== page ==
“Whether Shin’s alleged ownership right is in fact legitimate cannot, and need not, be resolved on a motion to dismiss,” the judge added.

The state of Colorado seems to think Shin’s ownership claim is not legitimate; the District Attorney’s office sued Shin at the end of June alleging cybercrime, theft and money laundering in connection with the minting of the tokens. The state-level case is proceeding in lieu of an earlier-filed federal case against Shin by the U.S. Department of Justice, court filings show. 

Colorado has alleged that Shin “unlawfully, feloniously and knowingly” committed theft by exercising control over the tokens. The case is currently ongoing. 

Kyle Roche of Roche Freedman LLP, who is representing Shin, said the civil case in California presents key questions about blockchain and property rights.

“It’s a seminal case for establishing property rights on the blockchain,” Roche told Law360 on Tuesday. “Essentially, if the blockchain says you have certain tokens, and you didn’t take those tokens from another individual, the rules of blockchains are that that property belongs to you,” unless there are additional user agreements for the network, he said.

Ted Normand, also of Roche Freedman, said the case also foregrounds questions about decentralized governance.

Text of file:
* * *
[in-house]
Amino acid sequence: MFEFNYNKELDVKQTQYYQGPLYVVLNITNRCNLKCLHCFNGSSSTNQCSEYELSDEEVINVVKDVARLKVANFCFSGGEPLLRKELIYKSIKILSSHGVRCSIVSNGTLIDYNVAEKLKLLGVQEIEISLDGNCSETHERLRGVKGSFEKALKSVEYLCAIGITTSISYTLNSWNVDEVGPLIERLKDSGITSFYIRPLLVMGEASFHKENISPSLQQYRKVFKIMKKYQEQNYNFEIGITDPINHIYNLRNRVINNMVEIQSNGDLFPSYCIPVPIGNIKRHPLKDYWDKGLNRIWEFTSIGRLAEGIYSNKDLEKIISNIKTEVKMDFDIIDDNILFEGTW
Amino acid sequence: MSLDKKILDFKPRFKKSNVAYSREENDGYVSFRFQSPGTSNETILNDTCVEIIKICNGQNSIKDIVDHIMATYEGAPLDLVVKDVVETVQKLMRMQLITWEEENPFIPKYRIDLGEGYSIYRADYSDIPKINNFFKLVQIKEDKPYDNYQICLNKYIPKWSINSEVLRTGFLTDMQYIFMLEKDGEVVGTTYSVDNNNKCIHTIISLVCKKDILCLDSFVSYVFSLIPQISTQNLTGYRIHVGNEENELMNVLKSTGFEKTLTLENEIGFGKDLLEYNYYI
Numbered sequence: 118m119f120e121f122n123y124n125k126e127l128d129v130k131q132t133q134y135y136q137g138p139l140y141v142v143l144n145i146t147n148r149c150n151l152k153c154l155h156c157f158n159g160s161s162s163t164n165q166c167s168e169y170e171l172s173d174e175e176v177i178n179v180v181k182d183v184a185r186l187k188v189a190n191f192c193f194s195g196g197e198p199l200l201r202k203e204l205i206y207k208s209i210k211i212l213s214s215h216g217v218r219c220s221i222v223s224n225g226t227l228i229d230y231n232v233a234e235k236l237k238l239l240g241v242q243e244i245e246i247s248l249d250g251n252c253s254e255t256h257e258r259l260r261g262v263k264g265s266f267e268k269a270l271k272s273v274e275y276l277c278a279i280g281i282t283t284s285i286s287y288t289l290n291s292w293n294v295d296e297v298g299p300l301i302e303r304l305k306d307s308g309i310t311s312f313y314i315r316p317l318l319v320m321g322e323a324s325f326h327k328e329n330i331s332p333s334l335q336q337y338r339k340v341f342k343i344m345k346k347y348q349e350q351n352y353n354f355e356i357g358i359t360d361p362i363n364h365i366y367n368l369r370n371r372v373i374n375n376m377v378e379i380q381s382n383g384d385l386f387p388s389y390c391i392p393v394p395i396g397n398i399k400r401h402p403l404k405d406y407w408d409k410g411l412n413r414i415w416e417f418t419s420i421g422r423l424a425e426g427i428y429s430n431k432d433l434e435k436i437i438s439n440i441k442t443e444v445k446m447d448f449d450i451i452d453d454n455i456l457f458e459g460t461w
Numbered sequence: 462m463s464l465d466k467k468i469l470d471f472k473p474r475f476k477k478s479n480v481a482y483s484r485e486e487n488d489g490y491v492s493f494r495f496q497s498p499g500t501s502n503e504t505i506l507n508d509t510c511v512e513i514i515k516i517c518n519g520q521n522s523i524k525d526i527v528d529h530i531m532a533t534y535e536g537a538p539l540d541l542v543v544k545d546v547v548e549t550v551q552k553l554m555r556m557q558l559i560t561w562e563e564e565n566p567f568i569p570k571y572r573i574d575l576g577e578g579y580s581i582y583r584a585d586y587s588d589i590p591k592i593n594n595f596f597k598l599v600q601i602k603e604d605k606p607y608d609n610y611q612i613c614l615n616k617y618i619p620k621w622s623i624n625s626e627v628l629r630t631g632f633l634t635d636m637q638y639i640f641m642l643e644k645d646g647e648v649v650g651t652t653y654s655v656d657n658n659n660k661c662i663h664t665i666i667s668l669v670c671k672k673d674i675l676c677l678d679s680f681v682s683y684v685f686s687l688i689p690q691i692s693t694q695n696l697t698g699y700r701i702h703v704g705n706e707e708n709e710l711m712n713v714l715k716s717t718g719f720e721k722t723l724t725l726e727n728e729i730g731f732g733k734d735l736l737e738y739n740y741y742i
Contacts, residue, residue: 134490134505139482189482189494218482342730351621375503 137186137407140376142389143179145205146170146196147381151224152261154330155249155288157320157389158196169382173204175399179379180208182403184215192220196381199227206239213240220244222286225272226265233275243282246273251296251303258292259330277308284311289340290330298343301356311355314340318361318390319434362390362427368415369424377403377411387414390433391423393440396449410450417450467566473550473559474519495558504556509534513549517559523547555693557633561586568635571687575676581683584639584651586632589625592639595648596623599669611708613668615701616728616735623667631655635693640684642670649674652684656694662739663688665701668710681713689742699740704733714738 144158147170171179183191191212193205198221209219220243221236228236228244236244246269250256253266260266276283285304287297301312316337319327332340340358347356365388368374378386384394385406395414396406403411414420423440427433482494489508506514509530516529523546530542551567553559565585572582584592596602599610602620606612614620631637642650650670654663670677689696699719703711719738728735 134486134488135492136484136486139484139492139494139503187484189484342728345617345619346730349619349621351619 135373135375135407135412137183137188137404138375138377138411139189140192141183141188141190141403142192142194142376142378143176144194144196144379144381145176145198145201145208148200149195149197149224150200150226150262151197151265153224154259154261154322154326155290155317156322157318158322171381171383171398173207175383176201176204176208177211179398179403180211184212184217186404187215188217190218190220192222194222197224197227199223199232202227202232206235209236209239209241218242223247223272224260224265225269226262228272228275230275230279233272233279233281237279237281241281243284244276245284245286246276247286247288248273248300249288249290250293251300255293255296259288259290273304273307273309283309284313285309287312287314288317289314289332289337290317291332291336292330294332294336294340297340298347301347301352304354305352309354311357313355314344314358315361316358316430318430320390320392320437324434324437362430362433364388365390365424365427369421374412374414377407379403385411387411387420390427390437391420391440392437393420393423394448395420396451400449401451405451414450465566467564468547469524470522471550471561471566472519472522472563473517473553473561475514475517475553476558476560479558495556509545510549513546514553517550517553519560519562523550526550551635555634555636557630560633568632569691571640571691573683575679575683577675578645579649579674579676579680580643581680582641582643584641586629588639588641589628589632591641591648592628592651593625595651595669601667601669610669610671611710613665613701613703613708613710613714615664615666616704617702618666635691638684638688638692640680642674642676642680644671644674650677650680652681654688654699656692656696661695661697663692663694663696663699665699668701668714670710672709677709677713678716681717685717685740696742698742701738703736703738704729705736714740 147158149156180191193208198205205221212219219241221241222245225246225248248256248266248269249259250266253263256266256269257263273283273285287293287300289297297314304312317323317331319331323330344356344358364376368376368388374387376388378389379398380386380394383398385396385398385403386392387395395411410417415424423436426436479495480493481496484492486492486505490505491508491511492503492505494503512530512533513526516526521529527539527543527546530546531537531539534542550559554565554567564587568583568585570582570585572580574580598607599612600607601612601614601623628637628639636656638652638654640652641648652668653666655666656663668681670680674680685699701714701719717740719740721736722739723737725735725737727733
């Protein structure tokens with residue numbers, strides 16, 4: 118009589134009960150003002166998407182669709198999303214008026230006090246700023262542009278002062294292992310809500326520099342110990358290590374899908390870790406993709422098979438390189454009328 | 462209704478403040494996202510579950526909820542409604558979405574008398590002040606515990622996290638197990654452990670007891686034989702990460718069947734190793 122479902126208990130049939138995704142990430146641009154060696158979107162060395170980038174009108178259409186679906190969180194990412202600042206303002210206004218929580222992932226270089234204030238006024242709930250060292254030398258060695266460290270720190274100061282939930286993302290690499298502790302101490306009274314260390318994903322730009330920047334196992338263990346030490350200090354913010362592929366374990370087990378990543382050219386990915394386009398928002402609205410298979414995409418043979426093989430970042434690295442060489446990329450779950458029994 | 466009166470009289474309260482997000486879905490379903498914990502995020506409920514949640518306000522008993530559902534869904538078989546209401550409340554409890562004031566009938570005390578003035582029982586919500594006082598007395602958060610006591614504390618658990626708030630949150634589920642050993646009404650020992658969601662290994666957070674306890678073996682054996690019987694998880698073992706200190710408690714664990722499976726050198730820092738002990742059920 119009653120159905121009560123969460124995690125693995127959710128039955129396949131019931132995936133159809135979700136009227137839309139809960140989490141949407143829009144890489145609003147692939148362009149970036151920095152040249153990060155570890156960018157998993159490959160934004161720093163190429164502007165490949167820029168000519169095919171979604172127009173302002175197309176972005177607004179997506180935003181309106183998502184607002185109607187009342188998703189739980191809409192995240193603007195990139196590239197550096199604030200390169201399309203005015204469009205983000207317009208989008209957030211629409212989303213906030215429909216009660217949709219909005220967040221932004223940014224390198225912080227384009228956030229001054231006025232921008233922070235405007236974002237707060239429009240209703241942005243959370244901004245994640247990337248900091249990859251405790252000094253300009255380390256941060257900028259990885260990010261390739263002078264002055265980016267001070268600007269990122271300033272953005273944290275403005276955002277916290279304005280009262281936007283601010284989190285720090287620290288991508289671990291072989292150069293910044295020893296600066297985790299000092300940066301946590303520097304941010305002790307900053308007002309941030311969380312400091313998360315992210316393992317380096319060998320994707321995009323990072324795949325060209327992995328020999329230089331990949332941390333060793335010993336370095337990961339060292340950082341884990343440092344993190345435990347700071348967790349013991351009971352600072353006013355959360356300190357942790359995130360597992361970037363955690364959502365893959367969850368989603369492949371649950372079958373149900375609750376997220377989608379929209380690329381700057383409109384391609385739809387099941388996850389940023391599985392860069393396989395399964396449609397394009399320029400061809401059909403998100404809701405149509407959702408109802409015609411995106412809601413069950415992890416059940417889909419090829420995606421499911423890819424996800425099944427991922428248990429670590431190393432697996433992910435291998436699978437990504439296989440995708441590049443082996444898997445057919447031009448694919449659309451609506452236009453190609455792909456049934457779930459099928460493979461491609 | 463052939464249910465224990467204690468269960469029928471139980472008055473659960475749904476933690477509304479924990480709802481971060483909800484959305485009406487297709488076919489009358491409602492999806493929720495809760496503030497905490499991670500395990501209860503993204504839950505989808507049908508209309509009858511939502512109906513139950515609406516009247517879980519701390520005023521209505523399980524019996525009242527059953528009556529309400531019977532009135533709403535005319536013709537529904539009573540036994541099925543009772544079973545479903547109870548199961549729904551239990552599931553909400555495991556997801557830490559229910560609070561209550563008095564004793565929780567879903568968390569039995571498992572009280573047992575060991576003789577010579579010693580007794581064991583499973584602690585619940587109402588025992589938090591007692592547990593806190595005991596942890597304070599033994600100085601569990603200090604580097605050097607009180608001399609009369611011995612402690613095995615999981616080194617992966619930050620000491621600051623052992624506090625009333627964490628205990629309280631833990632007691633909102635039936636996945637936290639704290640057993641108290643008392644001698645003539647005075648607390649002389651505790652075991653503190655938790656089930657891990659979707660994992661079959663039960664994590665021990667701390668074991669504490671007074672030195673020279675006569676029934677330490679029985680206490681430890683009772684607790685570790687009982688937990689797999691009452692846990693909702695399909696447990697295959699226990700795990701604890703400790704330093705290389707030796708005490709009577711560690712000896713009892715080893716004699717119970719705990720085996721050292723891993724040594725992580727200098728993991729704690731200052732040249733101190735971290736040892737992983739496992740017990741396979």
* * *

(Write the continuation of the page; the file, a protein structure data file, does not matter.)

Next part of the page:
“If you’re a DeFi company issuing assets … you can’t have a decentralized ecosystem only when it’s convenient,” he told Law360.

Counsel for ICON called the ruling disappointing but noted the early stage of the litigation. 

“We’re disappointed, but at this early stage the judge was required to accept Shin’s allegations as true despite their falsity,” Christopher Wanger, a partner at Manatt Phelps & Phillips LLP told Law360 on Wednesday. 

Wanger added that the ICON network is indeed decentralized and is governed by 22 different public representatives who aren’t controlled by the ICON Foundation. And ultimately, the debate over decentralization doesn’t excuse Shin’s actions, Wanger said. 

“Shin’s claims relating to the decentralized nature of the ICON network ultimately are immaterial to his property claims,” he said. “The case is interesting because it involves the application of old rules to new technology — blockchain and cryptocurrency. But ultimately the old rules prevail — you don’t keep things that don’t belong to you.”

ICON Foundation is represented by Christopher L. Wanger and Misa K. Eiritz of Manatt Phelps & Phillips LLP and by Jason Gottlieb and Michael Mix of Morrison Cohen LLP.

Shin is represented by Kyle W. Roche, Edward Normand, Ivy T. Ngo, Daniel M. Stone and Katherine Eskovitz of Roche Freedman LLP.

The case is Mark Shin v. ICON Foundation, case number 3:20-cv-07363 in the U.S. District Court for the Northern District of California. The Colorado state case is People of the State of Colorado v. Mark Shin, case number D32021CR1445 in the District Court for the County Of Arapahoe, Colorado.

–Editing by Peter Rozovsky.
Update: This story has been updated with comment from ICON Foundation’s counsel and information about the Colorado case.